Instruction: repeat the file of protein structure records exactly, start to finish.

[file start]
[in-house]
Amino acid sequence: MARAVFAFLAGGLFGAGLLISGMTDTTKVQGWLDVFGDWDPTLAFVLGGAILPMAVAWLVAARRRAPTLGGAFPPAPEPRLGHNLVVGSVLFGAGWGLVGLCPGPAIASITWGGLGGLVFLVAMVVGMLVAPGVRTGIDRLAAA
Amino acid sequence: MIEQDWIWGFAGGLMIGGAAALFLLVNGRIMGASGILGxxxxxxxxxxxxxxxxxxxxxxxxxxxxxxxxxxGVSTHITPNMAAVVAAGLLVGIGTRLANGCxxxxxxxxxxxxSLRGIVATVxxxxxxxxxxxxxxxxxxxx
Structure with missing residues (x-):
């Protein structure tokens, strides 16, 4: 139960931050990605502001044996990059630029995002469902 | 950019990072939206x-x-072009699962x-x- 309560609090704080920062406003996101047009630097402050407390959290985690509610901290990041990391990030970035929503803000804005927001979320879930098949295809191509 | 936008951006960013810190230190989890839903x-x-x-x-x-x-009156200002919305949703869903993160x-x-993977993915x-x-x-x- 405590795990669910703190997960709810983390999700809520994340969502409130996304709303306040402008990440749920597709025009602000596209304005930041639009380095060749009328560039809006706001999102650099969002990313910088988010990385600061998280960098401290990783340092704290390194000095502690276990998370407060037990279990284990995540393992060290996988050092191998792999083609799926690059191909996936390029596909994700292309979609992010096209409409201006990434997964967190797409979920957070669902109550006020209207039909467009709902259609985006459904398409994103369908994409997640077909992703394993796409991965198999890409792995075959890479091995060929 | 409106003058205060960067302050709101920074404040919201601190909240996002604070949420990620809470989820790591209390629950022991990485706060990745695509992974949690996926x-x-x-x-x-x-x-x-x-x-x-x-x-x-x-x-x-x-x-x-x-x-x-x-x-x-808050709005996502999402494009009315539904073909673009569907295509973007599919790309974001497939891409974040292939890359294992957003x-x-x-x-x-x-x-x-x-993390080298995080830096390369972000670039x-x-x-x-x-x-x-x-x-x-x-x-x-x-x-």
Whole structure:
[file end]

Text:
[in-house]
Amino acid sequence: MARAVFAFLAGGLFGAGLLISGMTDTTKVQGWLDVFGDWDPTLAFVLGGAILPMAVAWLVAARRRAPTLGGAFPPAPEPRLGHNLVVGSVLFGAGWGLVGLCPGPAIASITWGGLGGLVFLVAMVVGMLVAPGVRTGIDRLAAA
Amino acid sequence: MIEQDWIWGFAGGLMIGGAAALFLLVNGRIMGASGILGxxxxxxxxxxxxxxxxxxxxxxxxxxxxxxxxxxGVSTHITPNMAAVVAAGLLVGIGTRLANGCxxxxxxxxxxxxSLRGIVATVxxxxxxxxxxxxxxxxxxxx
Structure with missing residues (x-):
């Protein structure tokens, strides 16, 4: 139960931050990605502001044996990059630029995002469902 | 950019990072939206x-x-072009699962x-x- 309560609090704080920062406003996101047009630097402050407390959290985690509610901290990041990391990030970035929503803000804005927001979320879930098949295809191509 | 936008951006960013810190230190989890839903x-x-x-x-x-x-009156200002919305949703869903993160x-x-993977993915x-x-x-x- 405590795990669910703190997960709810983390999700809520994340969502409130996304709303306040402008990440749920597709025009602000596209304005930041639009380095060749009328560039809006706001999102650099969002990313910088988010990385600061998280960098401290990783340092704290390194000095502690276990998370407060037990279990284990995540393992060290996988050092191998792999083609799926690059191909996936390029596909994700292309979609992010096209409409201006990434997964967190797409979920957070669902109550006020209207039909467009709902259609985006459904398409994103369908994409997640077909992703394993796409991965198999890409792995075959890479091995060929 | 409106003058205060960067302050709101920074404040919201601190909240996002604070949420990620809470989820790591209390629950022991990485706060990745695509992974949690996926x-x-x-x-x-x-x-x-x-x-x-x-x-x-x-x-x-x-x-x-x-x-x-x-x-x-808050709005996502999402494009009315539904073909673009569907295509973007599919790309974001497939891409974040292939890359294992957003x-x-x-x-x-x-x-x-x-993390080298995080830096390369972000670039x-x-x-x-x-x-x-x-x-x-x-x-x-x-x-």
Whole structure: